Finally done horsing around, the surging Chargers tangle with the Broncos Sunday.
You’re right, buckaroo, the words “surging” and “Chargers” last shared a sentence years ago.
But tip your hat when required and we are doing just that to coach Mike McCoy’s lads in pads.
They’ve resurrected a season that was on the brink with two straight wins, something last done in 2014. If prevailing in three straight, the Chargers will officially be on a roll.
Seizing a weekend triumph a mile high won’t be easy. But after a rocky start, the Chargers (3-4) are relevant again.
They don’t need a periscope to see the AFC West leaders. The Raiders (5-2) and Broncos (5-2) are the top dogs, but the Chargers are just two games back with nine remaining.
Suddenly the last-minute meltdowns have vanished. In their two recent wins, one in overtime, the Chargers escaped with a victory instead of heartbreak.
“We’re just starting to believe,” Brandon Mebane said. ”We have a very young team and we’re starting to believe in each other. When you win, it just boosts up so much confidence all around the team.”
Just how did the Chargers’ rockets become engaged? How has a bunch, which found creative ways to lose from ahead transfer into a playoff contender?
The play of Philip Rivers? Of course — as the Chargers’ success is always linked to his accurate right arm.
The emergence of Melvin Gordon? In a flash, his reputation morphed from being a fumbler to a touchdown machine. His 10 scores lead the NFL and are 10 more than last year.
The league’s sixth-ranked offense is always a team strength. But it’s those flexing muscles on the other side that have fueled the Chargers’ awakening.
Joey Bosa, where have you been?
“I’m just doing what I do,” Bosa said. “I think it says a lot for the time I’ve put in up until this point. But let’s not focus on me.’’
Sorry Joey, but like offensive coordinators scheming against him, Bosa can’t avoid the spotlight. Not after collecting four sacks in his first three games and being a pain to those blocking him.
“When we drafted Joey, we knew exactly what we were getting,” McCoy said of the third overall selection. “And I think that we’ve said all along here that he’s going to help our team win, and make us a much better defense in his role. And in the short amount of time that he’s played with us the last couple weeks, you can see the impact he has on our team.”
Bosa is a beast, underscoring what a shame it was the Chargers couldn’t sign him on time. If Bosa doesn’t miss the season’s first month, maybe the Chargers wouldn’t be in such a deep crevice.
But Bosa’s return has put everyone’s hands on the shovel. After having soil tossed on their season with everyone expecting the Chargers to go toes up, they’ve rebounded with a purpose.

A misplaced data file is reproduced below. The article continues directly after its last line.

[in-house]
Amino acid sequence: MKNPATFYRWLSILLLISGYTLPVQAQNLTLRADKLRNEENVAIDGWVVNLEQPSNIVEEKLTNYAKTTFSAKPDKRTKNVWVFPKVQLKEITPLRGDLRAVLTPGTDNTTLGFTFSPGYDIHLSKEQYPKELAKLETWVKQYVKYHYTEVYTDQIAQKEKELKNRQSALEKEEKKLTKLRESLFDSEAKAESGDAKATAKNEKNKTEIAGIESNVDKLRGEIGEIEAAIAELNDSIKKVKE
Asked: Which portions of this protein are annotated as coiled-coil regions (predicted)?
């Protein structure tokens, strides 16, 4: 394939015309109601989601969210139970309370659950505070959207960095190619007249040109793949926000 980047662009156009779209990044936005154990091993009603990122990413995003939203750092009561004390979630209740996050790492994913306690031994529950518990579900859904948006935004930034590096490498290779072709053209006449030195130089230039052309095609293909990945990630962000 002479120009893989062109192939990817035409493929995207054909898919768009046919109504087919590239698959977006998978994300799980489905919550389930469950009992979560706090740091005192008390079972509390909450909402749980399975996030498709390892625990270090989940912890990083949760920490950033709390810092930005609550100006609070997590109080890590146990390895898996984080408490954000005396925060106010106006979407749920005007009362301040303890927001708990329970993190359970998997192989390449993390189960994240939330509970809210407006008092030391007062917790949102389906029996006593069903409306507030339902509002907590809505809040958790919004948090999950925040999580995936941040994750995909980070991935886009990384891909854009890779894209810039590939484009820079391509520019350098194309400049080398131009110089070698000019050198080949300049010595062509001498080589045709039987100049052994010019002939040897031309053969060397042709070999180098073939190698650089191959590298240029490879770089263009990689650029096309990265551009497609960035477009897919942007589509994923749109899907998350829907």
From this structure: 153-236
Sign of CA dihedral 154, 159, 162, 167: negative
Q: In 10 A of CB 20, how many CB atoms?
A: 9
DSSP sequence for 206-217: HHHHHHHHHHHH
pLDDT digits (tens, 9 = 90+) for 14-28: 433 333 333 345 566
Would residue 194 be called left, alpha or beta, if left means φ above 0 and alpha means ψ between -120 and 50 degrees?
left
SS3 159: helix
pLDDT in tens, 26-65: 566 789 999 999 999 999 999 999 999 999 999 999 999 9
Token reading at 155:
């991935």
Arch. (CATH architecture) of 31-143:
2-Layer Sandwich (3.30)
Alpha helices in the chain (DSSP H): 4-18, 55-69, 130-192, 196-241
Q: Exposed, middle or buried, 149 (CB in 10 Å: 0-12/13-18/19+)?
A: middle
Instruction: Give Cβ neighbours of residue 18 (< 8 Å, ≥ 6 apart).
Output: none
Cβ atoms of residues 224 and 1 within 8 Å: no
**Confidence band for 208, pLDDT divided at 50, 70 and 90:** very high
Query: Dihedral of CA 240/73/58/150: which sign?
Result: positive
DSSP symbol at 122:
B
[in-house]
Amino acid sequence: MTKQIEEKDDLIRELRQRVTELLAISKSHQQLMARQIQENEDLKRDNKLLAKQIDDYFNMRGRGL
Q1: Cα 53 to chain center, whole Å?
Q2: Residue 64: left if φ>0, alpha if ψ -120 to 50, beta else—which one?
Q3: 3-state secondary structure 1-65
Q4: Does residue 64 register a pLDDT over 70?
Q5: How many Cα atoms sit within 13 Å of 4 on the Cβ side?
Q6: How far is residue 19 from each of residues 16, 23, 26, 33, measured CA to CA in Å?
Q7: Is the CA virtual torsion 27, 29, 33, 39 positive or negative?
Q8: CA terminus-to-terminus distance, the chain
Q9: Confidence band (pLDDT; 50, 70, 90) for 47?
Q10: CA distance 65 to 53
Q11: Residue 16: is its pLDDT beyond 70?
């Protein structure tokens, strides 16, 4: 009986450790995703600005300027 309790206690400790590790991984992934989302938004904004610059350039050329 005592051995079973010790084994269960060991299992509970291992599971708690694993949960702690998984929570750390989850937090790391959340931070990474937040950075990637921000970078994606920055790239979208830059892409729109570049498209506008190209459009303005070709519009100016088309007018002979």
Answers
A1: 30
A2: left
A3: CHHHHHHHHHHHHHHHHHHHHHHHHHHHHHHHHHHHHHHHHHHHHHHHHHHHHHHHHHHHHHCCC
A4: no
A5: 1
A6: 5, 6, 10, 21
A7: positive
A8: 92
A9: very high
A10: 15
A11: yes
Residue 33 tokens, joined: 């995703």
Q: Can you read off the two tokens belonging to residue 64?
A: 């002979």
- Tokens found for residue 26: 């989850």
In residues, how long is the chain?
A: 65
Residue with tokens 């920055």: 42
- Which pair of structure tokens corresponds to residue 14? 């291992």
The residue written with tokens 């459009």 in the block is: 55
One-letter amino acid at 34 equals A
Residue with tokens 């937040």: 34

No longer is the narrative at Chargers Park about McCoy’s shaky job status. Or the knee injuries that have robbed the Chargers of key players.
Instead the Chargers are riding Rivers, Bosa and Josh Lambo’s precision kicking in becoming a tough out.
This mini-roll could become special if the Chargers show the last two games were a trend and not an aberration.
The Chargers have to prove they can win an AFC West road game — last done against the winless Raiders in 2014. If they mark that off their list on Sunday, they’ll sweep the Super Bowl champion Broncos for the first time since 2010.
Show Denver the broom the day before Halloween and what a treat the next month could be. Up next would be the Titans (3-4), Dolphins (3-4), Texans (4-3) and the Buccaneers (3-3).
Murderer’s row it ain’t, especially with three of the four at home.
And if the Chargers stay hot, just maybe San Diego’s citizens warm to the stadium initiative, to be voted on Nov. 8.
But the real October surprise has been the Chargers’ climbing off the mat.
Contact Jay Paris at email@example.com. His new book “Game of My Life Chargers” is available at area book stores and at amazon.com.
Sportswriter Jay Paris has written his “Sports Talk” column since joining the Coast News in 2013.
Paris, a Cardiff resident, is a longtime Southern California writer, getting his start with the Orange County Register before coming to San Diego in 1992 to cover the Chargers.
He had the Chargers beat for more than two decades with Oceanside Blade-Citizen, the North County Times and the San Diego Union-Tribune, before being named a sports columnist with the San Diego Union-Tribune.
Paris has won numerous awards voted on by his peers in the Pro Football Writers of America. He has also been a staple on countless media platforms, everything from the KPBS to MLB Network and various radio outlets.
Paris is also the author of three books, with his latest one being, “Shohei Ohtani: The Amazing Story Of Baseball’s Two-Way Japanese Superstar.” He has also written “Game Of My Life Chargers” and “Game Of My Life Rams.”
He currently covers the NFL in Los Angeles for Forbes. com and is a contributor to USA Today Sports Weekly. Follow Jay on Twitter @jparis_sports